– nick012000
    Oct 19, 2019 at 8:41
  • @nick012000, Sure. Oct 19, 2019 at 8:58
  • 11
    Not that it is not an option, but I would like to highlight that just no showing up for work is an extremely hostile action that affects not only management but others employees as well, with possible later effects as a sort of "negative networking" (the OP applies for a job and someone else there happens to be a current McDonald's employee who remembers that the OP is the kind of guy who may just not show up for work...). It has to be used exclusively as a last resource.
    – SJuan76
    Oct 19, 2019 at 9:58
  • 1
    No no no no, NO. This is a terrible answer. It's not the employer's fault that OP can't deal with the shift schedule, and they haven't done anything wrong. Quitting on the spot isn't great, but just not showing up gives your manager a really crappy day for no reason at all that they don't deserve. Be a decent human being and treat people fairly.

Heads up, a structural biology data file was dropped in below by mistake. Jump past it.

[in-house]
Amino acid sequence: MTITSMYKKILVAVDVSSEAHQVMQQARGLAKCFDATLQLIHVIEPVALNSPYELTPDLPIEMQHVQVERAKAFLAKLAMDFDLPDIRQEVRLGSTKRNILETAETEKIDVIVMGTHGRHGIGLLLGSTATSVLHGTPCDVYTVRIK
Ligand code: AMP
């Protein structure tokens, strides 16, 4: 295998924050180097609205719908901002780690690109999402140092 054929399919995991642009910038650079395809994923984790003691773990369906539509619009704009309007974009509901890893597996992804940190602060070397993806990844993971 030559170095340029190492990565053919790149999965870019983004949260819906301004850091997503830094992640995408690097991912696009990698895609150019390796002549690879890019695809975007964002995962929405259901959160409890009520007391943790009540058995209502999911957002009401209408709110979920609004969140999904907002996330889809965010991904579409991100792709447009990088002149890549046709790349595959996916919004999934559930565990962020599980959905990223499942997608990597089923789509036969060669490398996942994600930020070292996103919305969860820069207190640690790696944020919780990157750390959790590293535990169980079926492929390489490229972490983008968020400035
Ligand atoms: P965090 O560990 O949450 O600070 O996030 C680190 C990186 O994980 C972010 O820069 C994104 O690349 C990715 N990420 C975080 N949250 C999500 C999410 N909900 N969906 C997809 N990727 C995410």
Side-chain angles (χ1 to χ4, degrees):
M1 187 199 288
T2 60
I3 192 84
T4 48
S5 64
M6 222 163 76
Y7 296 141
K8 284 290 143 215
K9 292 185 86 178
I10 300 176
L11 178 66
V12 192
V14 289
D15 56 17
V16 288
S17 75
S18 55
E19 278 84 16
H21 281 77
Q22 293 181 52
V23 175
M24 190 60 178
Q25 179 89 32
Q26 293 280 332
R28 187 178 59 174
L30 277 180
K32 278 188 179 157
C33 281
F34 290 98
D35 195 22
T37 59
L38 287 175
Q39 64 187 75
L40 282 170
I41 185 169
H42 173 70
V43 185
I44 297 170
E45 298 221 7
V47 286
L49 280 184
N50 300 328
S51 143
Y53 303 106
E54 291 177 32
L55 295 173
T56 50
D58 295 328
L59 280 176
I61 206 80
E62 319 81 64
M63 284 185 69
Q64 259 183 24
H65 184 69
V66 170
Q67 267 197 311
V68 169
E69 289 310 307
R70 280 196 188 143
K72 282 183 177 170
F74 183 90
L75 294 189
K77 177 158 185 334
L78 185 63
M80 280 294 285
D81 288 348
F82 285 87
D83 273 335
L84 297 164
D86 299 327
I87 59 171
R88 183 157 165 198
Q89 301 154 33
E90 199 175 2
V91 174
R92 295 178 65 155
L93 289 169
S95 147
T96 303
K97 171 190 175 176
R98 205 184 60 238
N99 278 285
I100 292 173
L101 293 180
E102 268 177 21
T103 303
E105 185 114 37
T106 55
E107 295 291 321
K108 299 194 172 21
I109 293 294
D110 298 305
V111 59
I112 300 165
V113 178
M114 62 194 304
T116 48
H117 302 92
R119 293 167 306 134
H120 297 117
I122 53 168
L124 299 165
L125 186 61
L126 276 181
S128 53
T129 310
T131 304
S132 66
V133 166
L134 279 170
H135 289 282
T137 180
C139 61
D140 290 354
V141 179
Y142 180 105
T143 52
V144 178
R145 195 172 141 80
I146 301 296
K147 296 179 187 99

– Tom W
    Oct 20, 2019 at 15:25
  • @TomW, I've removed the part about not showing up entirely. But just to be clear, I was only suggesting that as a last resort in case he felt the manager was a bully and was going to intimidate him. Oct 21, 2019 at 0:12

To your direct question: you could probably just walk out ( or be a no-show). You might not be able to work at McDonald's again, but if you think you can find other work easily enough, then that's up to you.

However, I don't think you should - because I don't think any job is something to just give up:

A few years ago I found myself having a small career break (for a couple of reasons - one of which being to move to another country).

Over that break, my daily rhythm shifted to going to sleep about 3 or 4 am and waking up at 10 am. (I'd had a similar pattern as a university student - luckily I didn't have many 9 am lectures over those 3 years)